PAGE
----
<EntityType Name="Customer" Key="CustomerID">
<!- Address is a member which references a complex type inline -->     
      <Property Name="Address" Type="CNorthwind.CtAddress" 
         Nullable="false" />       
      <Property Name="CompanyName" Type="System.String" 
         Nullable="false" Size="max" />
      <Property Name="ContactName" Type="System.String" 
         Nullable="false" Size="max" />
      <Property Name="ContactTitle" Type="System.String" 
         Nullable="false" Size="max" />    
      <Property Name="CustomerID" Type="System.String" 
         Nullable="false" Size="max" />    
   </EntityType>

<!-
An example of an association between Product [defined above] and 
OrderDetails [not shown for sake of brevity]
-->     
  <Association Name="Order_DetailsProducts">
    <End Name="Product" Type="Product" Multiplicity="1" />
    <End Name="Order_Details" Type="OrderDetail" Multiplicity="*" />
  </Association>
   

<!-
The Entity Container defines the logical encapsulation of 
EntitySets (sets of (possibly) polymorphic instances of a type) and 
AssociationSets (logical link tables for relating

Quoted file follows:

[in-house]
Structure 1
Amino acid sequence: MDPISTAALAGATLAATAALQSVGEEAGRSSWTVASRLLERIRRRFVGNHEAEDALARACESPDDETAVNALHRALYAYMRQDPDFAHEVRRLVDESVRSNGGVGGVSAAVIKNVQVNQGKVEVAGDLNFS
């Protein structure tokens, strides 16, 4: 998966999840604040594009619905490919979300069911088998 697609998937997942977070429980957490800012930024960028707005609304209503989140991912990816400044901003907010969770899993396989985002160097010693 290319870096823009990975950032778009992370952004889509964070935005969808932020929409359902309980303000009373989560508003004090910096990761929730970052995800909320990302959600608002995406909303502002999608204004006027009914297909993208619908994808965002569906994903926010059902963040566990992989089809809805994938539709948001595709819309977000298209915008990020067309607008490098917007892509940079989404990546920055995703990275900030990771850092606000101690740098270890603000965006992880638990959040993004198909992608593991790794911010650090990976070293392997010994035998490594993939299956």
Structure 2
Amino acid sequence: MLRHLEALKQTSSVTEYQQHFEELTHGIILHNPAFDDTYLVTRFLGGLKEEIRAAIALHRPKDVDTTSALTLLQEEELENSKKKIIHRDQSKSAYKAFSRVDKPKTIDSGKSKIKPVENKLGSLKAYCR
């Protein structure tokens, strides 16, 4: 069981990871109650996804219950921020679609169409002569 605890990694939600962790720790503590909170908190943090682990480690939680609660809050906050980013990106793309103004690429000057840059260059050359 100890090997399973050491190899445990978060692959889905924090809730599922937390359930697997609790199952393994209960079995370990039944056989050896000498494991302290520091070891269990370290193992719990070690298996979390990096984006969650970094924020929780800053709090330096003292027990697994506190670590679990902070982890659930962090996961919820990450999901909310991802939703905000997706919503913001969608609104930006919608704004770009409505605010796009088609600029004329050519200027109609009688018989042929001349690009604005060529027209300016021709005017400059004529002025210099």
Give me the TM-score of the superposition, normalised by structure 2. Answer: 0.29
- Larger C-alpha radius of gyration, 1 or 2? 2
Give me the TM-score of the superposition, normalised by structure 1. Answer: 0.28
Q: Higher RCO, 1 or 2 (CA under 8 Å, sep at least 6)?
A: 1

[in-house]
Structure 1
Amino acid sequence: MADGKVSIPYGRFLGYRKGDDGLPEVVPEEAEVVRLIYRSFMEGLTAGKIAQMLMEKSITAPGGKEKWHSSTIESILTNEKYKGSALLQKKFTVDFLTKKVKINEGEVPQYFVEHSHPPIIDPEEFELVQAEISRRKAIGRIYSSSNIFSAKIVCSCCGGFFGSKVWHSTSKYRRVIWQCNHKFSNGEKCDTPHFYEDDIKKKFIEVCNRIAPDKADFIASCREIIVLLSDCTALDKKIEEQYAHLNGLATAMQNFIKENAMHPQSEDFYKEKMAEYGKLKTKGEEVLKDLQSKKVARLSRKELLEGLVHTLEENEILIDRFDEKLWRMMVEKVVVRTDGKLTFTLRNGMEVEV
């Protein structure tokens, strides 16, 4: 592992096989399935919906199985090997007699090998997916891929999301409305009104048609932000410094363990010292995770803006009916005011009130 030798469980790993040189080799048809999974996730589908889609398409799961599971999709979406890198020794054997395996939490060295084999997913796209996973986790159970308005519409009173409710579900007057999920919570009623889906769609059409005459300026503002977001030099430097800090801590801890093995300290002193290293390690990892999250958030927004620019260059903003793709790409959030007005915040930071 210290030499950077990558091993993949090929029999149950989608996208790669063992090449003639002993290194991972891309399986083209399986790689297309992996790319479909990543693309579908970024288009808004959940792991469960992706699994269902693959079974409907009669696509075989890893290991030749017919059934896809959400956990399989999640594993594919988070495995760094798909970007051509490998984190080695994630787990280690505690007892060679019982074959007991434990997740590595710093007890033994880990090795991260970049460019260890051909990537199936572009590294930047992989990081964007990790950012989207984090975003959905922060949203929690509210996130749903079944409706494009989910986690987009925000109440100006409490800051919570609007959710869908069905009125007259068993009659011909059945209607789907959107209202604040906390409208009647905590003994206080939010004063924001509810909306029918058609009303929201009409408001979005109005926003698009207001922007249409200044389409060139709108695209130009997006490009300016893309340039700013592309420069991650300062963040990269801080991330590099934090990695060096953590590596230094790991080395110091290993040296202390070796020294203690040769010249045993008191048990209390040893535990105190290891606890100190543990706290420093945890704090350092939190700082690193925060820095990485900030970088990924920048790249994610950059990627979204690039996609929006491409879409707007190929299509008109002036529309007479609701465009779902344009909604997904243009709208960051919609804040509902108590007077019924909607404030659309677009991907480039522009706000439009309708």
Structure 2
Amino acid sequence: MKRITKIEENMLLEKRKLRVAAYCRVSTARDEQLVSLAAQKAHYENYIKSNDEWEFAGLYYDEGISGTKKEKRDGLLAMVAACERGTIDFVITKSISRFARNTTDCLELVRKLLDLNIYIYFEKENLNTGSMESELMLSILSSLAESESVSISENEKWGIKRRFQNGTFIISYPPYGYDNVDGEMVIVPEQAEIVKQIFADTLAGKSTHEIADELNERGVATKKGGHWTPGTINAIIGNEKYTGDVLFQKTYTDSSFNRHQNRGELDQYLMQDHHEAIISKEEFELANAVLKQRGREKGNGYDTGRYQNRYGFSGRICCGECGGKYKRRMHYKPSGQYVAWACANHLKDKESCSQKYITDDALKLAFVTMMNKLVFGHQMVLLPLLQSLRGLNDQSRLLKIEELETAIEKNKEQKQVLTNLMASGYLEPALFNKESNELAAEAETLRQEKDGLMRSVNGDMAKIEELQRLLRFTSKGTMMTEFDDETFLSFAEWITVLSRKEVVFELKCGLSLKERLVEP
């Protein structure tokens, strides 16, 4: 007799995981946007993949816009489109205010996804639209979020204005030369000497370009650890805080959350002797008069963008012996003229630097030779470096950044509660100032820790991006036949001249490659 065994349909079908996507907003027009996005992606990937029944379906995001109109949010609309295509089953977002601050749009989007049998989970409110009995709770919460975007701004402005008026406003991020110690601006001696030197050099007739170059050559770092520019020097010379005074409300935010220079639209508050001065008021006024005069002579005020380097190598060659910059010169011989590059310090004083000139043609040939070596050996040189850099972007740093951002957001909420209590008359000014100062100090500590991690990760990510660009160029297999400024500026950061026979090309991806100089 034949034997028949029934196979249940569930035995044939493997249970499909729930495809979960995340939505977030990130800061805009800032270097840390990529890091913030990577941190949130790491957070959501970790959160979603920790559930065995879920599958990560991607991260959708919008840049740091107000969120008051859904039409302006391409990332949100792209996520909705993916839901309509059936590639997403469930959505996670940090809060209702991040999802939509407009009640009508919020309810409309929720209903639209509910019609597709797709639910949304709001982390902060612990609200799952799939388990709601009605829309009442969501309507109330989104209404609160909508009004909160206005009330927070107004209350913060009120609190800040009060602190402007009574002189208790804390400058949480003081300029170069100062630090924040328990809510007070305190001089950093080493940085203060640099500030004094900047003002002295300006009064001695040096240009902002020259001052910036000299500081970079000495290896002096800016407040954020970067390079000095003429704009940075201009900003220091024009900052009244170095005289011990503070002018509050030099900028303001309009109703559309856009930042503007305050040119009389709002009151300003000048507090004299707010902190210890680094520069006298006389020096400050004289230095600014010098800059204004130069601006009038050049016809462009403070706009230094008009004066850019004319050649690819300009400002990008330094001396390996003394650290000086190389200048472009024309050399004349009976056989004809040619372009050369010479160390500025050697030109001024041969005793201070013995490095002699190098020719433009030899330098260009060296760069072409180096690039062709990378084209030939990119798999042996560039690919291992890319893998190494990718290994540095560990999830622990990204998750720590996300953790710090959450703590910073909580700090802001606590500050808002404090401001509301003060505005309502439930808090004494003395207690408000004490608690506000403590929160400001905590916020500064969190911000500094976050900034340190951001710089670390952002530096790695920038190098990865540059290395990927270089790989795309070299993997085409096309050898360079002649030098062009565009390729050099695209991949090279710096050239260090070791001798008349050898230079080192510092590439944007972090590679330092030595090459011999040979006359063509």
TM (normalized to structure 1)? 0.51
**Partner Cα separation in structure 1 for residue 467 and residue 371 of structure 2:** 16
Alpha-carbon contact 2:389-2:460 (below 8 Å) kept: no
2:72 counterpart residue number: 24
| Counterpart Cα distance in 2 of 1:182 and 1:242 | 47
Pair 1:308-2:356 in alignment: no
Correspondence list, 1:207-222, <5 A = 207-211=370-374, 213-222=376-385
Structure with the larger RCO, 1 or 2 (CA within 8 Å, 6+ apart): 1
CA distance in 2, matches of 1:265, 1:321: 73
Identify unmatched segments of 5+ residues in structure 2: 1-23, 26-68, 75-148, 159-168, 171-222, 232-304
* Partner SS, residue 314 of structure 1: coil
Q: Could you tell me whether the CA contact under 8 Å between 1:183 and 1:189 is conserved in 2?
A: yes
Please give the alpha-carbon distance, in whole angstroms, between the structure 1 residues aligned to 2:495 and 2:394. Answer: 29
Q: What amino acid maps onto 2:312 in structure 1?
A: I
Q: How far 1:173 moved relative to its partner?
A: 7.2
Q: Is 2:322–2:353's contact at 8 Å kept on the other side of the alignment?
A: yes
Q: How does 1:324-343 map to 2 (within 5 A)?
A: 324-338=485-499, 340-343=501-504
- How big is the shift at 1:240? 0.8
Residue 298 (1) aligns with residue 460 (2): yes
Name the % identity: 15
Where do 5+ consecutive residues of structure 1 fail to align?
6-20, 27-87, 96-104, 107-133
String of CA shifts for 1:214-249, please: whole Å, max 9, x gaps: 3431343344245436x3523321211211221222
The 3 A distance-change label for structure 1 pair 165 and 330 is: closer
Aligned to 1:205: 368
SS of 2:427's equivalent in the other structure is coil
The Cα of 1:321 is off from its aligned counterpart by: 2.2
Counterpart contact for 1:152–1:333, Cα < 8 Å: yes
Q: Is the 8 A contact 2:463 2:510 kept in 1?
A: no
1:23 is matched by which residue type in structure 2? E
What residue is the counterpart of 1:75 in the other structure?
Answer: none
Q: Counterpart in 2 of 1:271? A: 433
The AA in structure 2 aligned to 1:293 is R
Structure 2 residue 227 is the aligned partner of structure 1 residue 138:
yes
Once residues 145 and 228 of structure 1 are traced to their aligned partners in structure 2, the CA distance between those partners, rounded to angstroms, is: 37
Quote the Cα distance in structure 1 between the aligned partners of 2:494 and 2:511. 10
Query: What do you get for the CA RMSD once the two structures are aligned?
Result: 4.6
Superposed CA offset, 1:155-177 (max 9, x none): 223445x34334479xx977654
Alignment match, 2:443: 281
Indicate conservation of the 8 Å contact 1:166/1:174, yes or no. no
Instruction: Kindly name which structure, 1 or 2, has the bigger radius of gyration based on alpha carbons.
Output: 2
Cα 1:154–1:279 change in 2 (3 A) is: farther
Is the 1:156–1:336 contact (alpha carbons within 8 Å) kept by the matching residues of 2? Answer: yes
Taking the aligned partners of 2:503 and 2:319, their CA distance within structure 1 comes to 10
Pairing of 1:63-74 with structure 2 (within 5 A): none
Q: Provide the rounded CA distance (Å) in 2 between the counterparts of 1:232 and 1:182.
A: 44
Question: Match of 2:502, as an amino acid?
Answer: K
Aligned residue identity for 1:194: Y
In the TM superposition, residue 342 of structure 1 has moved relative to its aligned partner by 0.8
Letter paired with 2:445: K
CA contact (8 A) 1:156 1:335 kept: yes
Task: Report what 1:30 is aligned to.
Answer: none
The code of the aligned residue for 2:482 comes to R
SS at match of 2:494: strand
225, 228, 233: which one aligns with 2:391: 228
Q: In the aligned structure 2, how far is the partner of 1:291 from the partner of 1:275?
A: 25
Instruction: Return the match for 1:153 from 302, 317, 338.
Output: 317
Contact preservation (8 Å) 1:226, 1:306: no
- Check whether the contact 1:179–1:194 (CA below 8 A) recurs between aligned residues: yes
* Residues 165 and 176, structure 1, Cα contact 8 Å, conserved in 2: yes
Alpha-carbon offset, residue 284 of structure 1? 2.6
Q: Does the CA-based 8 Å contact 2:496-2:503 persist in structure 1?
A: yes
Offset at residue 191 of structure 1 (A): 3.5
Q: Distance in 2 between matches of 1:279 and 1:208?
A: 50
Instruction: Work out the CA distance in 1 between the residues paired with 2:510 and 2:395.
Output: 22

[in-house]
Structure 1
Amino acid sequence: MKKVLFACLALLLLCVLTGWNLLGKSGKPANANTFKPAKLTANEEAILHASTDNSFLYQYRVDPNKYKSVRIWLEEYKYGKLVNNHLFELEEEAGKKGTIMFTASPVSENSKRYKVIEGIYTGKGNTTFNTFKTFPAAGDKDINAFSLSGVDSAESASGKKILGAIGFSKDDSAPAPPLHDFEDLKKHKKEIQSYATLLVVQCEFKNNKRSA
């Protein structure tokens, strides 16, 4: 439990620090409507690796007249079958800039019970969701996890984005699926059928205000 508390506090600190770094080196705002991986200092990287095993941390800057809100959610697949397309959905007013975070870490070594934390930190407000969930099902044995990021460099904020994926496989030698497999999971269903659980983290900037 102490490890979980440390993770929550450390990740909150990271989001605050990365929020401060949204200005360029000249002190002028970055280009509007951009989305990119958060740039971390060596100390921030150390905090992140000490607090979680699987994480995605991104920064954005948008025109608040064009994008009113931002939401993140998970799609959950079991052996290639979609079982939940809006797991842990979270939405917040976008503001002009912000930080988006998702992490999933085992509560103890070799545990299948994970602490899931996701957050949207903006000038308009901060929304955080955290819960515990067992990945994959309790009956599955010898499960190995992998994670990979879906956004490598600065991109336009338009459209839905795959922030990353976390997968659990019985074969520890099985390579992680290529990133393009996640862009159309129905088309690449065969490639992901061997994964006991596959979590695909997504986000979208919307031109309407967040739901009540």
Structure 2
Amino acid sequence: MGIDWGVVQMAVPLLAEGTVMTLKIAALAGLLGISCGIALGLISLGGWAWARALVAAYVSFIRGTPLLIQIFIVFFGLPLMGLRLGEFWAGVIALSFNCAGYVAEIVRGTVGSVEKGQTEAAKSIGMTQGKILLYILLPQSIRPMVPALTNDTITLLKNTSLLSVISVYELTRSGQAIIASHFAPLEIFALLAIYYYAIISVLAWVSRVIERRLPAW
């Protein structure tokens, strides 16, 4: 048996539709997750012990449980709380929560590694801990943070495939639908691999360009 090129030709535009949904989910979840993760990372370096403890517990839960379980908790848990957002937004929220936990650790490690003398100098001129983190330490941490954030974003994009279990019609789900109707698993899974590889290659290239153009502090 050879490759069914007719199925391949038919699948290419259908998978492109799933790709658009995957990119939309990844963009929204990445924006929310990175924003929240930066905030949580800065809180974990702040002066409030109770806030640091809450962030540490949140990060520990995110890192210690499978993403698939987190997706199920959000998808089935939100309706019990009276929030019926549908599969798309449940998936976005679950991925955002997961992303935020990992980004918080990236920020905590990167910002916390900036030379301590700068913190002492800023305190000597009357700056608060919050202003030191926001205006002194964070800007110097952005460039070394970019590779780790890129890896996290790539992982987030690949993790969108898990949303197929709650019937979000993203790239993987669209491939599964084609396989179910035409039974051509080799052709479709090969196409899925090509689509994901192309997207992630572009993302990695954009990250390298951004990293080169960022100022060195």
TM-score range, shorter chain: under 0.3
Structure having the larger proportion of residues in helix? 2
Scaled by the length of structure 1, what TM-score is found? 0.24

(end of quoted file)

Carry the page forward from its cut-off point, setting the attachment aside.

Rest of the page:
two or more entity instances)
-->  
  <EntityContainerType Name="CNorthwind">
    <Property Name="Products" Type="EntitySet(Product)" />
    <Property Name="Customers" Type="EntitySet(Customer)" />
    <Property Name="Order_Details" Type="EntitySet(OrderDetail)" />
    <Property Name="Orders" Type="EntitySet(Order)" />
     
    <Property Name="Order_DetailsOrders" 
            Type="RelationshipSet(Order_DetailsOrders)">
      <End Name="Order" Extent="Orders" />
      <End Name="Order_Details" Extent="Order_Details" />
    </Property>
     
    <Property Name="Order_DetailsProducts" 
            Type="RelationshipSet(Order_DetailsProducts)">
      <End Name="Product" Extent="Products" />
      <End Name="Order_Details" Extent="Order_Details"/>
    </Property>
  </EntityContainerType>
   
</Schema>

Apply the Mapping

Once one has an EDM conceptual model, providing that one has a target store already defined, we can map to the target store's logical schema model.

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Figure 6. Entity Data Model for Northwind (Click on the image for a larger picture)

Of course this model can be expressed in SQL DDL, for instance the Employees Table may look like:

CREATE TABLE [dbo].[Employees](
   [EmployeeID] [int] NOT NULL,
   [LastName] [nvarchar](20) 
         COLLATE SQL_Latin1_General_CP1_CI_AS NOT NULL,
   [FirstName] [nvarchar](10) 
         COLLATE SQL_Latin1_General_CP1_CI_AS NOT NULL,
   [Title] [nvarchar](30) COLLATE SQL_Latin1_General_CP1_CI_AS NULL,
   [Extension] [nvarchar](4) COLLATE SQL_Latin1_General_CP1_CI_AS NULL,
   [Notes] [nvarchar](max) COLLATE SQL_Latin1_General_CP1_CI_AS NULL,
   [ReportsTo] [int] NULL,
 CONSTRAINT [PK_Employees] PRIMARY KEY CLUSTERED 
(
   [EmployeeID] ASC
)WITH (IGNORE_DUP_KEY = OFF) ON [PRIMARY]
) ON [PRIMARY]

As with the conceptual EDM, one can hand write an explicit mapping or use a mapping tool. Figure 7 is a representation of a mapping design tool in action mapping the above EDM conceptual model to a modified version of the Northwind logical schema..